Of course, workers and retirees at American Airlines and other troubled companies will face sharp benefit cuts. Unlike politicians and public sector workers, they don't have gold-plated defined-benefit plans, and when the company they work for goes under, they pay the ultimate price. This is why Gregg Shotwell of the Monthly Review is rightfully angry when he claims, Labor Has a Legitimate Lien on Capital:

When Steve Miller, the vulture capitalist who drove Delphi into the ditch of America's dreams, declared, "Bankruptcy is a growth industry," he was smiling, but he wasn't joking.

Bankruptcy in the US isn't a sign of economic distress or mismanagement. It's a business plan -- calculated, cunning, and void of redeeming social value. American Airlines is the latest in a long line of financial obscenities that make vulture capitalists salivate.

If we had a president we could believe in, he would not only call out the National Guard to protect the constitutional rights of citizens at Occupy protests, he would defend the vested benefits earned by workers with the full moral and institutional authority of his office. It won't happen.

We must cease and desist from unrealistic expectations and mount our own counteroffensive. US courts routinely aid and abet the extortion of workers and the plunder of pension plans. Capitalism isn't above the law in the United States, it is the law. Peace and solidarity activists are hounded, harassed, and arrested but the forcible transfer of wealth from the working class to the investing class is protected concerted activity.

American Airlines' debt doesn't outweigh its cash and assets. In fact, American Airlines is financing its own bankruptcy. That's not distress, it's brass-knuckle union-busting. The business press makes no bones about American Airlines' plan to profit off the broken backs of labor contracts. In fact, they crow about it.

American Airlines ordered 460 new planes from Boeing and Airbus less than five months ago at a cost of $38 billion. Those contracts will be honored even as American Airlines plans to dump pensions underfunded by about $10 billion for approximately 130,000 workers and retirees.

American Airlines doesn't pretend to offer a business plan that promises better management. The only benefits American Airlines purports to extract from bankruptcy are pension evasion and concessions from unions facing a court-ordered firing squad.

The crib notes for this business plan read: bankruptcy = profit. The longhand reveals the moral compunction of a crocodile.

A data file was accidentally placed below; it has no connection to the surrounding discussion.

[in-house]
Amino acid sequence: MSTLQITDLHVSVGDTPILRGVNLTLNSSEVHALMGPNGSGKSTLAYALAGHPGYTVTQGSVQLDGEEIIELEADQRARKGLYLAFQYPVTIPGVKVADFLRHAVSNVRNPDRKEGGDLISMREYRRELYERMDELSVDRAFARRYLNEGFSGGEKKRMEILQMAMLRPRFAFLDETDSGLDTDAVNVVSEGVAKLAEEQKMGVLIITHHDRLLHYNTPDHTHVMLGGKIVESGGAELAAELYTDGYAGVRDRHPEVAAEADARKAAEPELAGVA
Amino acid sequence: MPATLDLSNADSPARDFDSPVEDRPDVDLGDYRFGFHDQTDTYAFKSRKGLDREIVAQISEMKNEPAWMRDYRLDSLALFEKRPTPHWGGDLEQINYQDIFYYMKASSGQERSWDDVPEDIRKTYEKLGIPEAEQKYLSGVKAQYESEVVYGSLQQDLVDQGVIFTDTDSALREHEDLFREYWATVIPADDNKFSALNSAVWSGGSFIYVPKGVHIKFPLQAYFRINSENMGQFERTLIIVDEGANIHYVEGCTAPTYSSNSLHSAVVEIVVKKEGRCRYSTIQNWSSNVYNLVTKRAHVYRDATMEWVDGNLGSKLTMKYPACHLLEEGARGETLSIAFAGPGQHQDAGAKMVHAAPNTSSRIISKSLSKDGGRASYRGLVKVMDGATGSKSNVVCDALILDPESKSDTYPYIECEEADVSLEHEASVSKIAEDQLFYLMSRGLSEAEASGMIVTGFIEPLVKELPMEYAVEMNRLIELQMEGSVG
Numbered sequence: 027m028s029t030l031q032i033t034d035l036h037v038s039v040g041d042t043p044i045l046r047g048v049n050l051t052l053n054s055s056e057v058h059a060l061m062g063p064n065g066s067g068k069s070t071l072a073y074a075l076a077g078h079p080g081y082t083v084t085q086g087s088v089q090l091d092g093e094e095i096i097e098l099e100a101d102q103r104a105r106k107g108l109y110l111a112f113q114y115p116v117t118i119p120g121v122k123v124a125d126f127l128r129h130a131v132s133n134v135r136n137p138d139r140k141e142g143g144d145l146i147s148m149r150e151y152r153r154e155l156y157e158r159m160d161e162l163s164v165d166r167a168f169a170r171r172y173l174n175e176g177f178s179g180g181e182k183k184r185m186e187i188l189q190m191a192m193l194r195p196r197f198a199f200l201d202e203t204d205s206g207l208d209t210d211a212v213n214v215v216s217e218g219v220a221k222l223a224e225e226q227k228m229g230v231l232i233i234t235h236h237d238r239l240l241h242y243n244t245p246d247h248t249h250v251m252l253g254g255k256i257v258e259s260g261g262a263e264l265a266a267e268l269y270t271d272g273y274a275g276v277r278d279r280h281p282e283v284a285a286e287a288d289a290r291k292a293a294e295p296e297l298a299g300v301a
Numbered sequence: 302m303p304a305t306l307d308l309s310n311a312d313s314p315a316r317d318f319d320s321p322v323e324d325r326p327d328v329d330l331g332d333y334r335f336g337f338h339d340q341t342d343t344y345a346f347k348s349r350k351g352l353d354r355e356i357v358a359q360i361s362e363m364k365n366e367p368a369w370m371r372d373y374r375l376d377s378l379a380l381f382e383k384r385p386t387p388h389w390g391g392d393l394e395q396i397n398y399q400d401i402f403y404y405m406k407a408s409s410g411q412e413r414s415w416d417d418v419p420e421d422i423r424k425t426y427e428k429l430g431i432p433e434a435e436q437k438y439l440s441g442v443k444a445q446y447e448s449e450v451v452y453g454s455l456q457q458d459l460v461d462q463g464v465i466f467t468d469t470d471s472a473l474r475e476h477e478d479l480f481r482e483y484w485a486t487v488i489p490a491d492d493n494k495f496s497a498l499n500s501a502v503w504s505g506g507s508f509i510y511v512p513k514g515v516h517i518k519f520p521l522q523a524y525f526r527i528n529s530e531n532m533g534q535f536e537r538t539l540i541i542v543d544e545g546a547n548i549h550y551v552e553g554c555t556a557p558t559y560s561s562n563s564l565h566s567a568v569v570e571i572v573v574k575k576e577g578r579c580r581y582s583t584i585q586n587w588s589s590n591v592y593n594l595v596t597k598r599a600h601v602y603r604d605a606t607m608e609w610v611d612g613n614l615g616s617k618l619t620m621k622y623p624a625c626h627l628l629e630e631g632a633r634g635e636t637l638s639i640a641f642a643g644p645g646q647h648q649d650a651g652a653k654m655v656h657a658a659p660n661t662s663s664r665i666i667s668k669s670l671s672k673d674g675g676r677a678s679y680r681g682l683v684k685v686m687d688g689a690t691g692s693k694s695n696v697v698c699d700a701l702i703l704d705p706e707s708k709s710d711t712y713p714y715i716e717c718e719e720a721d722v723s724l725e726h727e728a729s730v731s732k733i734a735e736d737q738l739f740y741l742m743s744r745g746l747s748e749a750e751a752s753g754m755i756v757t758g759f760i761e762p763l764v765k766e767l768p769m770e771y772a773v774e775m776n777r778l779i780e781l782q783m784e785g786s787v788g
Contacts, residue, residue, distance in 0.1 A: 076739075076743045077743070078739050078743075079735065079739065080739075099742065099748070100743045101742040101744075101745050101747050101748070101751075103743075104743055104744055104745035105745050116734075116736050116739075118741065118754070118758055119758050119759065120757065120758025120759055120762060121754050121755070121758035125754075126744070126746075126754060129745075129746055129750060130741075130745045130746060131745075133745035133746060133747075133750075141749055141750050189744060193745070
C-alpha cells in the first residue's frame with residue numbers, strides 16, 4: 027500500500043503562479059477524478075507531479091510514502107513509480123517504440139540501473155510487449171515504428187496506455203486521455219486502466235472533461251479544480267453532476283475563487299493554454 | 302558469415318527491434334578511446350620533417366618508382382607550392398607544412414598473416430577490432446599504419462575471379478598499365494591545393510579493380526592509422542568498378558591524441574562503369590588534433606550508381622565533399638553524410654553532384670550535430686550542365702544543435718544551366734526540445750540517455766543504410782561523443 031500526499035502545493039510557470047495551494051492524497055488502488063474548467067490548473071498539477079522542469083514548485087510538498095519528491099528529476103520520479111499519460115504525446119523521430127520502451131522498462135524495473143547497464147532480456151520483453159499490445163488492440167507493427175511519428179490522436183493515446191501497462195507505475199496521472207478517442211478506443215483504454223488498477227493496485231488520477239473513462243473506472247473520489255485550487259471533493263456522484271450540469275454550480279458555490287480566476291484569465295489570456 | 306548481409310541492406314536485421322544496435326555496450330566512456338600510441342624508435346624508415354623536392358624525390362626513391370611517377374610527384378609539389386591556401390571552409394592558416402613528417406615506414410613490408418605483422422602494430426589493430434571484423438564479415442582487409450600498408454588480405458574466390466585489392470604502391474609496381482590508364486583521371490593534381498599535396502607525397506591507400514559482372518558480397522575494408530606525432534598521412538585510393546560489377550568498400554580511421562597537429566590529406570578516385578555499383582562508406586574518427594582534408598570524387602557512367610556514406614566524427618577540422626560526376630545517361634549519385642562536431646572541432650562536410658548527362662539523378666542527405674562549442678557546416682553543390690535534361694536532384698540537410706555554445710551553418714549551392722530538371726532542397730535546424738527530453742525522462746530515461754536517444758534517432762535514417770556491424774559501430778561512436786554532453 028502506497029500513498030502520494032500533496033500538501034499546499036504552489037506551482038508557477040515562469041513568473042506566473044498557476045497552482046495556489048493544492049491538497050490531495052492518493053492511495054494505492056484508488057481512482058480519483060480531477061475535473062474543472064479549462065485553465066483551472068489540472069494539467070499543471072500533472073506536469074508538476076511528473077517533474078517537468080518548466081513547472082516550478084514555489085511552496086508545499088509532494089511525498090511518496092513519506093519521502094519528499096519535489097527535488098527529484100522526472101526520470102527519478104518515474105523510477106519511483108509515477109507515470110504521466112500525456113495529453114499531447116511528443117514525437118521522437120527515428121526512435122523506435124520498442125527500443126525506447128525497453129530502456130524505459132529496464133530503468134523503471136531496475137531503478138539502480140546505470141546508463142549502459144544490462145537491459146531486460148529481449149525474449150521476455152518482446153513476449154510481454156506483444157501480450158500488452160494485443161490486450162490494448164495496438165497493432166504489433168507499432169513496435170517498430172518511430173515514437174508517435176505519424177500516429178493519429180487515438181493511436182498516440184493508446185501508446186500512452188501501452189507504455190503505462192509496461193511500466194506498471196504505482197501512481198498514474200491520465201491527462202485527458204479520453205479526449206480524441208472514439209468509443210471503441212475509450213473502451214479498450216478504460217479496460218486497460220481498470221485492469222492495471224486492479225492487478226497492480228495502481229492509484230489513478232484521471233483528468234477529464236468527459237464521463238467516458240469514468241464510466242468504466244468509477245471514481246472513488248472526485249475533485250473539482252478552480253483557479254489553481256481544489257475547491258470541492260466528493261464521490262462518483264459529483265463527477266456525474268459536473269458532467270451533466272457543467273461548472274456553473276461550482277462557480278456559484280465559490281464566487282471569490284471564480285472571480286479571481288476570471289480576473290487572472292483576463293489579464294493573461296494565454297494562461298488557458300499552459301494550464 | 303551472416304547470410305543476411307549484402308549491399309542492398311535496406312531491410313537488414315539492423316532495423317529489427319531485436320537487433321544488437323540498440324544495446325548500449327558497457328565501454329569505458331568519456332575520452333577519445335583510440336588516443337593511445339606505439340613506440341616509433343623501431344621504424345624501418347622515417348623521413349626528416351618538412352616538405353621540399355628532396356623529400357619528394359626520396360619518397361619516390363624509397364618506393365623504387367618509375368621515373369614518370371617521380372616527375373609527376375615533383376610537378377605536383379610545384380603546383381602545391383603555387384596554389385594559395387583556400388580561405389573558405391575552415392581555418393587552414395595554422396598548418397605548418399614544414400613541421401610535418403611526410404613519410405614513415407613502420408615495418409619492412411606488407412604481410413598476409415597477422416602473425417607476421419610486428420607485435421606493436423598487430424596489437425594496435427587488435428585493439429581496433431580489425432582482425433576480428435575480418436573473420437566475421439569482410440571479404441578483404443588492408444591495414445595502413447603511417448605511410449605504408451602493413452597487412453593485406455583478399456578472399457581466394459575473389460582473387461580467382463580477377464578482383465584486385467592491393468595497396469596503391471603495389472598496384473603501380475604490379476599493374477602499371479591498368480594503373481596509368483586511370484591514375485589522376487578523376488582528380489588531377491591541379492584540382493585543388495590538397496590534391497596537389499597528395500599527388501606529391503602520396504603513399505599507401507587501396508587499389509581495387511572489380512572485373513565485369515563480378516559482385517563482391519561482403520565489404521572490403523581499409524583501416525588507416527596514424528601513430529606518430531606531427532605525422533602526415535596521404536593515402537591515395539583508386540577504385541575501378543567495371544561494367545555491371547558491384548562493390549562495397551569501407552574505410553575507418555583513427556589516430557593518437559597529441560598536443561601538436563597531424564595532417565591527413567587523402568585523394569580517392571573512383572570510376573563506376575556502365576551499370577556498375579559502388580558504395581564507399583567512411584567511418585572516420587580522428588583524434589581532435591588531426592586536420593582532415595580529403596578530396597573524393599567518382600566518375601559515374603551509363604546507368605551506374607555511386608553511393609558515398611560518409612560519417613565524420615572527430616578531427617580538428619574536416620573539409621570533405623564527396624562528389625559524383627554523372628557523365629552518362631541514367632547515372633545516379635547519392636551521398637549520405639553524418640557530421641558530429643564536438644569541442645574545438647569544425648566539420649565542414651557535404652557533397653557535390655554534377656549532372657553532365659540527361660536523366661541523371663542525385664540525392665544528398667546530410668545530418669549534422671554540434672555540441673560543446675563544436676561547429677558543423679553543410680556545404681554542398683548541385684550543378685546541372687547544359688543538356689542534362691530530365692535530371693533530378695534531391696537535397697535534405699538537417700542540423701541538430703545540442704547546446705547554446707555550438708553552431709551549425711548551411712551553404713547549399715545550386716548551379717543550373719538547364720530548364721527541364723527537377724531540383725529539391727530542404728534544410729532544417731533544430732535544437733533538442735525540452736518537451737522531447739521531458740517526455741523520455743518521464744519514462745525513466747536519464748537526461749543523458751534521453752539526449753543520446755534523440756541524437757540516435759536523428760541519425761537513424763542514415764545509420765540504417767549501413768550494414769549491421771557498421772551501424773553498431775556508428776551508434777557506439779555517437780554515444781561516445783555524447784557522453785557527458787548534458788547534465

The Pension Benefit Guaranty Corporation (PBGC) estimates that a default at American Airlines could be the largest in US history. The PBGC itself is teetering on the edge of insolvency. In 2004, a report by the Center on Federal Financial Institutions said the PBGC "is insolvent on the basis of Generally Accepted Accounting Principles (GAAP) and would be shut down if it were a private insurer."

That was before the PBGC absorbed $6.2 billion in pension obligations from Delphi.

US bankruptcy courts protect the assets of US corporations invested outside the United States from creditors. You can bet your mother's paycheck American Airlines' parent company, AMR Corp., has cash and assets stashed in ports all over the world.

Labor has a legitimate lien on Capital. A pension isn't a gamble or an investment -- it's earned with hard steadfast work.

A company that cancels its pension obligations should not be permitted to profit from it. The trend toward bankruptcy as a growth industry in the United States is a clear indication that we aren't in a recession. We are experiencing a restructuring at the expense of everyone who works for a living.

We won't win this struggle in court. The operative word for rank-and-file workers isn't competition, concession, or compromise. The operative word is "Occupy."

Bankruptcy at American Airlines shouldn't be allowed to fly.

I also wonder about "bankruptcy as a growth industry" and who will end up paying the ultimate price as companies "restructure" their pension plans. This is why I believe in guaranteed pensions for all, not just for public sector workers. These pension protection funds are under severe stress and it will only get worse. It's time we learn from failure and move on to a better solution, one that secures the retirement income of all workers, putting their interests first.

Below, Jeff Rose of GoodFinancialCents.com explains what happens to workers' pensions when their company goes belly up. Keep in mind, while pensions are guaranteed, benefits will be sharply reduced. I also embedded another clip which makes you wonder why US and Canadian carriers can't be more like Asian carriers., especially when it comes to customer service. Just ask Alec Baldwin who spoofed his latest incident on SNL (watch controversy below).